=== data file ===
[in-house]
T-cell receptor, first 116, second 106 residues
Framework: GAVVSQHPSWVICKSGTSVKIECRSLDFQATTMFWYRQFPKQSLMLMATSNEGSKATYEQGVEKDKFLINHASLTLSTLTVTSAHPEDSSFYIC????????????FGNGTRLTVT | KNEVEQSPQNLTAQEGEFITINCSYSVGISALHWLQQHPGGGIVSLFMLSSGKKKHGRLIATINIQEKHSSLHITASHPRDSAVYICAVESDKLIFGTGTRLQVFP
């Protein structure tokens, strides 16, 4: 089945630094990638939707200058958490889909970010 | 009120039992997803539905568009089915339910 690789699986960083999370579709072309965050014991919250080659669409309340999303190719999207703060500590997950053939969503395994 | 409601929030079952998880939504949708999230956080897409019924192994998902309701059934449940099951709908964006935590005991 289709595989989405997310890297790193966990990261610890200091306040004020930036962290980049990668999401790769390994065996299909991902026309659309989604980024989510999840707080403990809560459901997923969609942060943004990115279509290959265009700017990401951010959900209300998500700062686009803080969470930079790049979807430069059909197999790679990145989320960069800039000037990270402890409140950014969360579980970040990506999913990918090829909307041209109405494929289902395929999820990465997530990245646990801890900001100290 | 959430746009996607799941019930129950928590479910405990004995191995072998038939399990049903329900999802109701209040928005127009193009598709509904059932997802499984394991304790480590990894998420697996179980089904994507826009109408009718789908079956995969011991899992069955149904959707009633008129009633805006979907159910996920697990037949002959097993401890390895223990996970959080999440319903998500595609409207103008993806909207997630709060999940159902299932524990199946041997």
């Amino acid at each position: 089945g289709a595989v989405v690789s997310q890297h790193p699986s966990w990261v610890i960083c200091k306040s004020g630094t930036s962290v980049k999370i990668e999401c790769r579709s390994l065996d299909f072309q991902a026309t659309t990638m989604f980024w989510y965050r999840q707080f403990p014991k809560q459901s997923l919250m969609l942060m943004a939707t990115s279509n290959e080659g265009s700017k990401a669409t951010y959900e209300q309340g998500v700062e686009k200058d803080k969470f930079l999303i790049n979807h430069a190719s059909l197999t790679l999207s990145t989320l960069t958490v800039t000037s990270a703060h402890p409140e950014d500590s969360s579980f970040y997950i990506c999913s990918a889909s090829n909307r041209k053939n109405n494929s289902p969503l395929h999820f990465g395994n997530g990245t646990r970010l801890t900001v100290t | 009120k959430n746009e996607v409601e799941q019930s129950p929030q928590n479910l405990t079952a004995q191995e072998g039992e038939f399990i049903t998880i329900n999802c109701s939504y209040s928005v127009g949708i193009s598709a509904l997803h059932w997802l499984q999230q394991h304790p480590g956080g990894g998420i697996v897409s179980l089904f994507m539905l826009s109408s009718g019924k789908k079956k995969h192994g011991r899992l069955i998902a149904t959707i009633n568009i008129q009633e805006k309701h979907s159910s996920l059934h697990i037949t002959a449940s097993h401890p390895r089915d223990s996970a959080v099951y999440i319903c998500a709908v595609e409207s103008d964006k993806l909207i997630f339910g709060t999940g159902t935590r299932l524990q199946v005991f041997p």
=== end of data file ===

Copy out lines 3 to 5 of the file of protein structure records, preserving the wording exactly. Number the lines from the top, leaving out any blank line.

Framework: GAVVSQHPSWVICKSGTSVKIECRSLDFQATTMFWYRQFPKQSLMLMATSNEGSKATYEQGVEKDKFLINHASLTLSTLTVTSAHPEDSSFYIC????????????FGNGTRLTVT | KNEVEQSPQNLTAQEGEFITINCSYSVGISALHWLQQHPGGGIVSLFMLSSGKKKHGRLIATINIQEKHSSLHITASHPRDSAVYICAVESDKLIFGTGTRLQVFP
């Protein structure tokens, strides 16, 4: 089945630094990638939707200058958490889909970010 | 009120039992997803539905568009089915339910 690789699986960083999370579709072309965050014991919250080659669409309340999303190719999207703060500590997950053939969503395994 | 409601929030079952998880939504949708999230956080897409019924192994998902309701059934449940099951709908964006935590005991 289709595989989405997310890297790193966990990261610890200091306040004020930036962290980049990668999401790769390994065996299909991902026309659309989604980024989510999840707080403990809560459901997923969609942060943004990115279509290959265009700017990401951010959900209300998500700062686009803080969470930079790049979807430069059909197999790679990145989320960069800039000037990270402890409140950014969360579980970040990506999913990918090829909307041209109405494929289902395929999820990465997530990245646990801890900001100290 | 959430746009996607799941019930129950928590479910405990004995191995072998038939399990049903329900999802109701209040928005127009193009598709509904059932997802499984394991304790480590990894998420697996179980089904994507826009109408009718789908079956995969011991899992069955149904959707009633008129009633805006979907159910996920697990037949002959097993401890390895223990996970959080999440319903998500595609409207103008993806909207997630709060999940159902299932524990199946041997």
């Amino acid at each position: 089945g289709a595989v989405v690789s997310q890297h790193p699986s966990w990261v610890i960083c200091k306040s004020g630094t930036s962290v980049k999370i990668e999401c790769r579709s390994l065996d299909f072309q991902a026309t659309t990638m989604f980024w989510y965050r999840q707080f403990p014991k809560q459901s997923l919250m969609l942060m943004a939707t990115s279509n290959e080659g265009s700017k990401a669409t951010y959900e209300q309340g998500v700062e686009k200058d803080k969470f930079l999303i790049n979807h430069a190719s059909l197999t790679l999207s990145t989320l960069t958490v800039t000037s990270a703060h402890p409140e950014d500590s969360s579980f970040y997950i990506c999913s990918a889909s090829n909307r041209k053939n109405n494929s289902p969503l395929h999820f990465g395994n997530g990245t646990r970010l801890t900001v100290t | 009120k959430n746009e996607v409601e799941q019930s129950p929030q928590n479910l405990t079952a004995q191995e072998g039992e038939f399990i049903t998880i329900n999802c109701s939504y209040s928005v127009g949708i193009s598709a509904l997803h059932w997802l499984q999230q394991h304790p480590g956080g990894g998420i697996v897409s179980l089904f994507m539905l826009s109408s009718g019924k789908k079956k995969h192994g011991r899992l069955i998902a149904t959707i009633n568009i008129q009633e805006k309701h979907s159910s996920l059934h697990i037949t002959a449940s097993h401890p390895r089915d223990s996970a959080v099951y999440i319903c998500a709908v595609e409207s103008d964006k993806l909207i997630f339910g709060t999940g159902t935590r299932l524990q199946v005991f041997p």